OTL as an AH isn't what defines a DBWI.

--
Errol Cavit
to email, my middle initial is G | "...one of the reasons that New Zealand
Settlers did not treat the Maoris as their Australian counterparts did the
Aborigines was that, when they did, they got killed. James Belich, Historian


Dan Goodman

unread,
Jun 5, 2003, 2:58:54 PM6/5/03
to
lal_truckee <lal_t...@yahoo.com> wrote in
news:bbo3cq$bd9fn$1...@ID-90251.news.dfncis.de:

Their names live on -- but how many people know anything about _them_?

Dan Goodman

unread,
Jun 5, 2003, 3:00:10 PM6/5/03
to
jdni...@panix.com (James Nicoll) wrote in news:bbo2k9$hir$1
@panix2.panix.com:

> In article <Xns939187F7BC2...@209.98.13.60>,
> Dan Goodman <dsg...@visi.com> wrote:
>>"Mark Hanson" <mark.h...@attbi.com> wrote in
>>news:2KLDa.1123355$F1.134593@sccrnsc04:
>>
>>> "Mike Schilling" <mscotts...@hotmail.com> wrote in message
>>> news:AdLDa.1435$MQ2...@newssvr17.news.prodigy.com...
>>>> Similar effect: AHs where the characters discuss one and only one
AH:
>>>> our timeline:
>>>>
>>>> "Imagine, for instance, what the world be like if George Washington
>>>> hadn't died of plague in the 1779 epidemic. He might have rallied
>>>> the rebels to
>>> a
>>>> victory, leading to independence for the colonies and revolution on
>>>> the continent of Europe."
>>>
>>> Isn't that the "Herry Turtledove" effect?
>>
>>On soc.history.what-if, it's called "double blind".
>
> They pick an unlikely AH if they talk about our world.

And usually, they don't say it's a likely one.

> The
> Spanish colonies are still fairly likely to split away and still
> pretty likely to end up as dictatorships or rolling civil war zones
> so why would anyone from a British Empire Forever timeline expect the
> colonies of British North America to do any better at self-rule,
> particularly as republics, a notoriously unstable form of government?
> Double particularly if the slavocracies of the south are tied to the
> industrious colonies of the North. That's just building a flash point
> in.
>
> A BEF AH writer might write about a republican North America
> but it would probably look more like Jeremy Bentham's version of the
> Draka than our world.
>
> James Nicoll

--

Mike Schilling

unread,
Jun 5, 2003, 3:03:17 PM6/5/03
to

"Dan Goodman" <dsg...@visi.com> wrote in message
news:Xns93918E4268D...@209.98.13.60...

More about Quisling than the others, both because he was the most recent and
because he affected an entire country. Given how little Pinero changed and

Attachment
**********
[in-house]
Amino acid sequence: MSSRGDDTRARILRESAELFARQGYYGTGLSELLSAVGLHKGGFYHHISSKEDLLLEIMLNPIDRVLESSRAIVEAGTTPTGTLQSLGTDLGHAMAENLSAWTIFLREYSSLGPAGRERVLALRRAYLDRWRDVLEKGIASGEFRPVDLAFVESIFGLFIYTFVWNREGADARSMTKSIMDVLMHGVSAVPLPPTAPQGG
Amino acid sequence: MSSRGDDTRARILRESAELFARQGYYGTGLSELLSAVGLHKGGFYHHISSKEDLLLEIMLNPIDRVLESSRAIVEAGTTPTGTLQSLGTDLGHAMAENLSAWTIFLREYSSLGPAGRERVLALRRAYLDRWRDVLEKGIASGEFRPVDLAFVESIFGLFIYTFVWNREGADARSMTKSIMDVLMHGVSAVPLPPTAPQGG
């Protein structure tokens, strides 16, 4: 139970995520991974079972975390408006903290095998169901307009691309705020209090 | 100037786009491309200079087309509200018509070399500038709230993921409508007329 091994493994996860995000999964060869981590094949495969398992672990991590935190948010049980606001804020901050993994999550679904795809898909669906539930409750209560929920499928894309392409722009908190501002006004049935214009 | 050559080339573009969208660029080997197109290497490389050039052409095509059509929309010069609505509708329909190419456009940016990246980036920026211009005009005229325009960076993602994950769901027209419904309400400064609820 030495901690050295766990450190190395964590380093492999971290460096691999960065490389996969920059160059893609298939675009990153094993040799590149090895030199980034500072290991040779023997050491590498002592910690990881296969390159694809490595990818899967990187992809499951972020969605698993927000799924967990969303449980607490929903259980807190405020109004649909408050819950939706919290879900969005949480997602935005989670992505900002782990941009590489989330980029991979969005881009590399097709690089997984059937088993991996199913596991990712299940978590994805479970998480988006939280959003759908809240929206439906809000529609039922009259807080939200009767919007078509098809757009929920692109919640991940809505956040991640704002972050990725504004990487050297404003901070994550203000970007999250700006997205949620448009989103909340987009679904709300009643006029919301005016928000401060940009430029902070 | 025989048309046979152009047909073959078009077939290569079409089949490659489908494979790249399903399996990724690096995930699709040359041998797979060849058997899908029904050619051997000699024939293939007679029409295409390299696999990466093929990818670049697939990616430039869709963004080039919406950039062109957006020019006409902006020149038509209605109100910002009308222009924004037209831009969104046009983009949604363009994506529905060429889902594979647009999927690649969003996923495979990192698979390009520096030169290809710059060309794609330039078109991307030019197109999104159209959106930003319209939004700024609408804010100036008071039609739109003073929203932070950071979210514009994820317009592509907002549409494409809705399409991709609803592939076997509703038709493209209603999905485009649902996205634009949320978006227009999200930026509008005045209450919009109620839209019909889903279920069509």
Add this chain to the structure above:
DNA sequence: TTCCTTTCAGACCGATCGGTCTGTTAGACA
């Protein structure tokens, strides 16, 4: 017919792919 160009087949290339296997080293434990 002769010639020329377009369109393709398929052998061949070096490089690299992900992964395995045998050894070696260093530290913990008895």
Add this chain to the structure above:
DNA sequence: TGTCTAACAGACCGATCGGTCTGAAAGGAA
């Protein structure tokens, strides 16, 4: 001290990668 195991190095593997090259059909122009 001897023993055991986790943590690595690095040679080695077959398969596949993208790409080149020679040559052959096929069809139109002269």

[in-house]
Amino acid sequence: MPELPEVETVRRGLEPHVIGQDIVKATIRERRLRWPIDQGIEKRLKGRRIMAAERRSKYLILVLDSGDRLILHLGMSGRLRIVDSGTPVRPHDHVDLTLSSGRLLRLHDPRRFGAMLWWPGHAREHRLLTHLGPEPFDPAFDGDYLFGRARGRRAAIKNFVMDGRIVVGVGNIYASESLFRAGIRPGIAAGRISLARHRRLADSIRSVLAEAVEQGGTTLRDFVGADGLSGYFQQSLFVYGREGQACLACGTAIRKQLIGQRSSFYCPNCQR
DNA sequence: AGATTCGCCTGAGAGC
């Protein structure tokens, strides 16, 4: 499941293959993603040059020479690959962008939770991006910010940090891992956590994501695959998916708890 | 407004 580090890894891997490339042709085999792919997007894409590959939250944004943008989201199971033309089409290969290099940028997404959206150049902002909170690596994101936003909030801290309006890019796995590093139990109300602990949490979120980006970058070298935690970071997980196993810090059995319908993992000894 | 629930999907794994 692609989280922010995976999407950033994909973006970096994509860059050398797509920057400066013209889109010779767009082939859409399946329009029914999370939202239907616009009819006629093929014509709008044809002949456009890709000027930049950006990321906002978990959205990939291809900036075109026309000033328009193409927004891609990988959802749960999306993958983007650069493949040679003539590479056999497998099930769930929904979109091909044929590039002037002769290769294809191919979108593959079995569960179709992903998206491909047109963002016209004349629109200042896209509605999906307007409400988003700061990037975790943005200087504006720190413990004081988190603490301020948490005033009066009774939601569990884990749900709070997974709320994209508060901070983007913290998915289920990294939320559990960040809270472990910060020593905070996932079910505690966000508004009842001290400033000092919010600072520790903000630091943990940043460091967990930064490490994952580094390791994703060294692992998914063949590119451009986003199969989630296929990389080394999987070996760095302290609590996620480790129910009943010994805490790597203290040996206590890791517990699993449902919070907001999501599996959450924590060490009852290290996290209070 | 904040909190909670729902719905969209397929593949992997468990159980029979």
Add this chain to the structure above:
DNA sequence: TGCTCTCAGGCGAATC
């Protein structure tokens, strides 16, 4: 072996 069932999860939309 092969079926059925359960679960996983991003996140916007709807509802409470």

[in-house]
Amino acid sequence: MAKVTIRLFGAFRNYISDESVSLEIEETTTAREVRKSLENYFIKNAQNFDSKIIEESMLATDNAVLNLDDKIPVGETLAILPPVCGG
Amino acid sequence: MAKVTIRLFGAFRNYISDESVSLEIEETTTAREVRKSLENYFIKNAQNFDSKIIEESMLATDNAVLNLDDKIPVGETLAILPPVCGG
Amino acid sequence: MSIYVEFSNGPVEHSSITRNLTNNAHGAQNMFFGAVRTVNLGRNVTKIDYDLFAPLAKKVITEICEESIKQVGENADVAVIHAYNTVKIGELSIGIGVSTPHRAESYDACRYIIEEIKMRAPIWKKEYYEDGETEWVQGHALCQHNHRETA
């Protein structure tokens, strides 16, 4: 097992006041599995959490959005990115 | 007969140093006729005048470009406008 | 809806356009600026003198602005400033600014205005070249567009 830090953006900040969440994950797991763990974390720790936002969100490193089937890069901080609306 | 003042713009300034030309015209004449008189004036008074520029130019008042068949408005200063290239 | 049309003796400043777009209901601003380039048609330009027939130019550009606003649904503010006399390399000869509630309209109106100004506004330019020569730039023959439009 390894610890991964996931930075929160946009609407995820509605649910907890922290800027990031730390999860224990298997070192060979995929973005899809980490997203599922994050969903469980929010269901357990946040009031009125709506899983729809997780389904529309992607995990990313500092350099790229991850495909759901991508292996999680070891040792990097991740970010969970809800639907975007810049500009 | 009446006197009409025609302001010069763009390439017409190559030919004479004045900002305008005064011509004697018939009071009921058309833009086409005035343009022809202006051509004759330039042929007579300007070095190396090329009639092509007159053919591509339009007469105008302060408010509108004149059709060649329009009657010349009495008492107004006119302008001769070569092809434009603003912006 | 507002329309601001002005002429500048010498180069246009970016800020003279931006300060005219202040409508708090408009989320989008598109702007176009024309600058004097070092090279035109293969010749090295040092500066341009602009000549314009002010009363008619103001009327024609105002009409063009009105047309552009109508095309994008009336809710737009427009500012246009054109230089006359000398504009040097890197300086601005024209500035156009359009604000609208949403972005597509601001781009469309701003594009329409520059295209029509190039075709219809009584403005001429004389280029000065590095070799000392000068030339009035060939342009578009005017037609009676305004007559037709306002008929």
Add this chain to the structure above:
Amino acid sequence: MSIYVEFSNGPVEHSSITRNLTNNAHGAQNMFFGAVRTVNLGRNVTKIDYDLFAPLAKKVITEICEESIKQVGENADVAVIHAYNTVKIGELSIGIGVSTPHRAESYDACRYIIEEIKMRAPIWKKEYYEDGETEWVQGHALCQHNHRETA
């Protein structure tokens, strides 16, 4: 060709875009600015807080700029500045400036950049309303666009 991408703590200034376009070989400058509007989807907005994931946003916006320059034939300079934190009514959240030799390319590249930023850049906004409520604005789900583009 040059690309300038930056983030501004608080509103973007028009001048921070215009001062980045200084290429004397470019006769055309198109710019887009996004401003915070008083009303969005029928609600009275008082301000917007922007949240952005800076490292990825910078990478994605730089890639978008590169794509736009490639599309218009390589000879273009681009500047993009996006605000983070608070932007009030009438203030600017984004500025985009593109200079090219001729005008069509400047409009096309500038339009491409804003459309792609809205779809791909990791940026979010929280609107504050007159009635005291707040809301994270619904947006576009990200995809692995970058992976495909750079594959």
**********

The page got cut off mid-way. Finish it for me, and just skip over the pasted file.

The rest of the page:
how many thousands of years had elapsed, I'm quite dubious his name would
live on.


Sean O'Hara

unread,
Jun 5, 2003, 3:55:51 PM6/5/03
to
In the Year of the Goat, the Great and Powerful James Nicoll declared...

> Setting: AD 4000
>
> Historical references: almost all from between about 1848
> and 2000 and none from between 2000 and perhaps 3950?
>
> The Miss Marple Effect, where everything ends up being just
> like St. Mary Mead?
>
Perhaps it's related to the Star Trek Effect where no art created
after 1900 has survived to the future?

--
Sean O'Hara
Alex: A dwarf is someone who has disproportionately short
arms and legs. ... A midget is still a dwarf but their
arms and legs are in proportion.
Gareth: So... what’s an elf? --The Office

Robert Carnegie

unread,
Jun 5, 2003, 3:10:09 PM6/5/03
to
In article <AdLDa.1435$MQ2...@newssvr17.news.prodigy.com
>, Mike Schilling <mscotts...@hotmail.com> writes

>
>"James Nicoll" <jdni...@panix.com> wrote in message
>news:bbnr4c$95e$1...@panix1.panix.com...
>> Setting: AD 4000
>>
>> Historical references: almost all from between about 1848
>> and 2000 and none from between 2000 and perhaps 3950?
>>
>> The Miss Marple Effect, where everything ends up being just
>> like St. Mary Mead?
>
>Similar effect: AHs [Alternate History] where the characters

>discuss one and only one AH: our timeline:
>
>"Imagine, for instance, what the world be like if George
>Washington hadn't died of plague in the 1779 epidemic.
>He might have rallied the rebels to a victory, leading to
>independence for the colonies and revolution on the
>continent of Europe."

Deliberately bad example? ;-)

One wonders why anyone in an AH story should have a
particularly keen interest in AH, more so than ordinary folks in
OTL. Do you suppose that AHers are subconsciously aware
that they're living in AH?

At any rate, if we were privy to their speculation about AH in the
/opposite/ direction to us-wards ("I believe that if mighty Alexander
had not conquered Carthage, the Carthaginians would instead
have built an empire across all Europe"), it'd be hopelessly
confusing.

Robert Carnegie at home, rja.ca...@excite.com at large
--
"AUTO SPARES (ROYSTON) would like to give our hearty
congratulation to Geoffrey Reid, on cocking up fifty years
with the company." - Royston Crow

Mike Van Pelt

unread,
Jun 5, 2003, 5:21:22 PM6/5/03
to
In article <MPG.19496a55f...@news.cis.dfn.de>,

Sean O'Hara <darkerthenightth...@myrealbox.com> wrote:
>Perhaps it's related to the Star Trek Effect where no art created
>after 1900 has survived to the future?

Except for that one poem written by some poet in the Alpha
Centauri colony around 2130something that James Tomcat Kirk
quoted to Edith Keeler...

--